Among the nearly 3,000 health workers, childcare professionals, cleaners and retail staff who applied was British man John Spacey, who lives in Creuse in central France and works for an organisation providing domestic care for the elderly.

People who apply under this scheme still have to complete the relevant paperwork and pass the tricky test on French history and culture, but can apply without having the five-year residency qualification.

Their application is also fast-tracked from the usual 18 months to two-year average to a process of just a few months.

John explains: “When Covid struck I continued working throughout the first wave.

“The hours became longer and the planning changed constantly as colleagues became sick, decided they’d prefer not to take the risk or simply found the new conditions unbearable, but I stuck with it.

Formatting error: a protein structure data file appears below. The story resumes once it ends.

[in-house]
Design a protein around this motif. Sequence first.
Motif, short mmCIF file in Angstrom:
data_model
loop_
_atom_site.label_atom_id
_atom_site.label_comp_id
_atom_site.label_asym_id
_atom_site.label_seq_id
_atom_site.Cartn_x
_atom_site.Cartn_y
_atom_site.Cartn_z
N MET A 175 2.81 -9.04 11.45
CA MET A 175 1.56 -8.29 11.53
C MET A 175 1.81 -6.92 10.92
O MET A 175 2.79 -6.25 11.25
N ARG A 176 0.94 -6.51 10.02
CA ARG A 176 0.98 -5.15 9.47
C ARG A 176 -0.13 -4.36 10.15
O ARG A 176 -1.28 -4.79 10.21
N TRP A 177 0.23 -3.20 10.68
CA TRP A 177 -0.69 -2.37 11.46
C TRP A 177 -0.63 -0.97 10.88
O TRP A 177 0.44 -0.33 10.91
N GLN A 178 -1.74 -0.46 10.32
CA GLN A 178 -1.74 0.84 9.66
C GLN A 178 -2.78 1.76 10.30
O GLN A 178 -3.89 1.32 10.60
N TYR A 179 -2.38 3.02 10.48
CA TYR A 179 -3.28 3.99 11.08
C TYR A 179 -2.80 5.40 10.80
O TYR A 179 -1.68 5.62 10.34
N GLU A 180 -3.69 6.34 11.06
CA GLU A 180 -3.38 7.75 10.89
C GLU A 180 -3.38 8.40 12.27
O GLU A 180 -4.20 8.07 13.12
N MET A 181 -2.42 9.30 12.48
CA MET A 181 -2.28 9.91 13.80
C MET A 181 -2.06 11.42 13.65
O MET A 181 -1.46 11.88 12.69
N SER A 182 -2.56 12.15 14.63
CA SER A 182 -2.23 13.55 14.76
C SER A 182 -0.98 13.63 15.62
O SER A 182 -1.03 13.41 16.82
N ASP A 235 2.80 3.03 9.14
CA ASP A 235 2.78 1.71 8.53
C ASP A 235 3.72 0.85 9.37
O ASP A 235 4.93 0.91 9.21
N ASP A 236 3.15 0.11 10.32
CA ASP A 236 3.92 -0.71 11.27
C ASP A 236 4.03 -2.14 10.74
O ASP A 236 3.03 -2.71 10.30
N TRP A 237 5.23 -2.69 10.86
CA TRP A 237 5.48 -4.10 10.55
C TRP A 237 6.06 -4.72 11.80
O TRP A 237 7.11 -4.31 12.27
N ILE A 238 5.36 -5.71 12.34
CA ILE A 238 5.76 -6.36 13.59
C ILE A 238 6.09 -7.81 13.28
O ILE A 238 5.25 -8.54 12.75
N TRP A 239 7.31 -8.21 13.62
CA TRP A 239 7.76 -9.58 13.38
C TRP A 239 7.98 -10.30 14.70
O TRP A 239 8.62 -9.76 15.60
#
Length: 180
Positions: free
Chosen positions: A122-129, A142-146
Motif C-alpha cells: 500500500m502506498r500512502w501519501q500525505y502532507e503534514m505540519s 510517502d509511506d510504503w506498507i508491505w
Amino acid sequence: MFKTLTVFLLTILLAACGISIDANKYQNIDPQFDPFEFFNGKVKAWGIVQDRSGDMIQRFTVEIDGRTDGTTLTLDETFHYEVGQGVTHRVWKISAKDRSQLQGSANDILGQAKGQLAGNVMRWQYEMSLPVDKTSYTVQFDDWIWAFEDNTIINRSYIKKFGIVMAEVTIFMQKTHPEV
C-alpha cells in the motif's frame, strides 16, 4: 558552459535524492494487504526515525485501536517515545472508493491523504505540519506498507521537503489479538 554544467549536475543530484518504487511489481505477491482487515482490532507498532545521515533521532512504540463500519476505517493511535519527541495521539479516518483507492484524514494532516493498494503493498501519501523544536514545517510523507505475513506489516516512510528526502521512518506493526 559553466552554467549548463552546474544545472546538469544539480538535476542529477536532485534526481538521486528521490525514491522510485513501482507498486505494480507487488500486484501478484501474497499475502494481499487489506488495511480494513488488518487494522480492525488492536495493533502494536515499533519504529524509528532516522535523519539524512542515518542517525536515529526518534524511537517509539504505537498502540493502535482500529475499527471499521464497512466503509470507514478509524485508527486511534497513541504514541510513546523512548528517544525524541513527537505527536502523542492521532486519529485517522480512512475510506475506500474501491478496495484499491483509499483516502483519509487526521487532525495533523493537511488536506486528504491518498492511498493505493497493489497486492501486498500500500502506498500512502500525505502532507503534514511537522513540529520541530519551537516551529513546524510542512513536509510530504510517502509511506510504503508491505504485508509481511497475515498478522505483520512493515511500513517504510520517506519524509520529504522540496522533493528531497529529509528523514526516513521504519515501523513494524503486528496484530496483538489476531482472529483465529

“I followed all the protocols and neither myself nor any of my clients contracted the virus, although some of my colleagues did. Then came the second wave and things continued as in the first, but I love my job so, for me, there was never any question of giving up.

“Just before Christmas I received the news I was to be given a one-off payment from the State as a kind of merci for services rendered during the crisis, something for which I was very grateful and that I’d not expected, given I’d been being paid for my work anyway.

“Then came another, far more unexpected, thank you – the chance to apply for French nationality six months earlier than would have been possible under the normal rules and to have the process fast-tracked. All for doing a job I love.